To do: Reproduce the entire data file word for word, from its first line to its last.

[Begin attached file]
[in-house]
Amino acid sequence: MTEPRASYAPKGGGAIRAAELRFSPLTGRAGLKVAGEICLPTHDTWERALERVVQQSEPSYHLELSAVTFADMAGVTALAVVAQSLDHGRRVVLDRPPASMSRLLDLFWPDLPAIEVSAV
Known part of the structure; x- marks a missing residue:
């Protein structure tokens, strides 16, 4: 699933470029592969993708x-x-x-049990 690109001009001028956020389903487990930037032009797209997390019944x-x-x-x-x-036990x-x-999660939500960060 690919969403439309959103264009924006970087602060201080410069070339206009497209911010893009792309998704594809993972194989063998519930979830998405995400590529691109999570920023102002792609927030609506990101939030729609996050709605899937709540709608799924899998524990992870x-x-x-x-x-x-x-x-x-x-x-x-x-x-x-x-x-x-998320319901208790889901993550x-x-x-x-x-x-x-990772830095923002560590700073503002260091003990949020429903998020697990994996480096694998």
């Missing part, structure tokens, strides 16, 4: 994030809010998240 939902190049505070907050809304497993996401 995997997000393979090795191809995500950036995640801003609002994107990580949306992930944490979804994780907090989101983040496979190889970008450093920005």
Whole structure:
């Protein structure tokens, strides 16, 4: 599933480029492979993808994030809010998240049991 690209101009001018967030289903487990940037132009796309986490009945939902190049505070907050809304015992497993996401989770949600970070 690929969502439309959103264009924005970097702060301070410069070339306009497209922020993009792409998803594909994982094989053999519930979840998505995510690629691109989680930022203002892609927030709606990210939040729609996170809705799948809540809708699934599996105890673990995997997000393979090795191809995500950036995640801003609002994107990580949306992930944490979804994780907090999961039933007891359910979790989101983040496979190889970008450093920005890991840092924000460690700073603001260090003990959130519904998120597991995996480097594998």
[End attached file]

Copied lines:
[in-house]
Amino acid sequence: MTEPRASYAPKGGGAIRAAELRFSPLTGRAGLKVAGEICLPTHDTWERALERVVQQSEPSYHLELSAVTFADMAGVTALAVVAQSLDHGRRVVLDRPPASMSRLLDLFWPDLPAIEVSAV
Known part of the structure; x- marks a missing residue:
């Protein structure tokens, strides 16, 4: 699933470029592969993708x-x-x-049990 690109001009001028956020389903487990930037032009797209997390019944x-x-x-x-x-036990x-x-999660939500960060 690919969403439309959103264009924006970087602060201080410069070339206009497209911010893009792309998704594809993972194989063998519930979830998405995400590529691109999570920023102002792609927030609506990101939030729609996050709605899937709540709608799924899998524990992870x-x-x-x-x-x-x-x-x-x-x-x-x-x-x-x-x-x-998320319901208790889901993550x-x-x-x-x-x-x-990772830095923002560590700073503002260091003990949020429903998020697990994996480096694998």
């Missing part, structure tokens, strides 16, 4: 994030809010998240 939902190049505070907050809304497993996401 995997997000393979090795191809995500950036995640801003609002994107990580949306992930944490979804994780907090989101983040496979190889970008450093920005």
Whole structure:
């Protein structure tokens, strides 16, 4: 599933480029492979993808994030809010998240049991 690209101009001018967030289903487990940037132009796309986490009945939902190049505070907050809304015992497993996401989770949600970070 690929969502439309959103264009924005970097702060301070410069070339306009497209922020993009792409998803594909994982094989053999519930979840998505995510690629691109989680930022203002892609927030709606990210939040729609996170809705799948809540809708699934599996105890673990995997997000393979090795191809995500950036995640801003609002994107990580949306992930944490979804994780907090999961039933007891359910979790989101983040496979190889970008450093920005890991840092924000460690700073603001260090003990959130519904998120597991995996480097594998």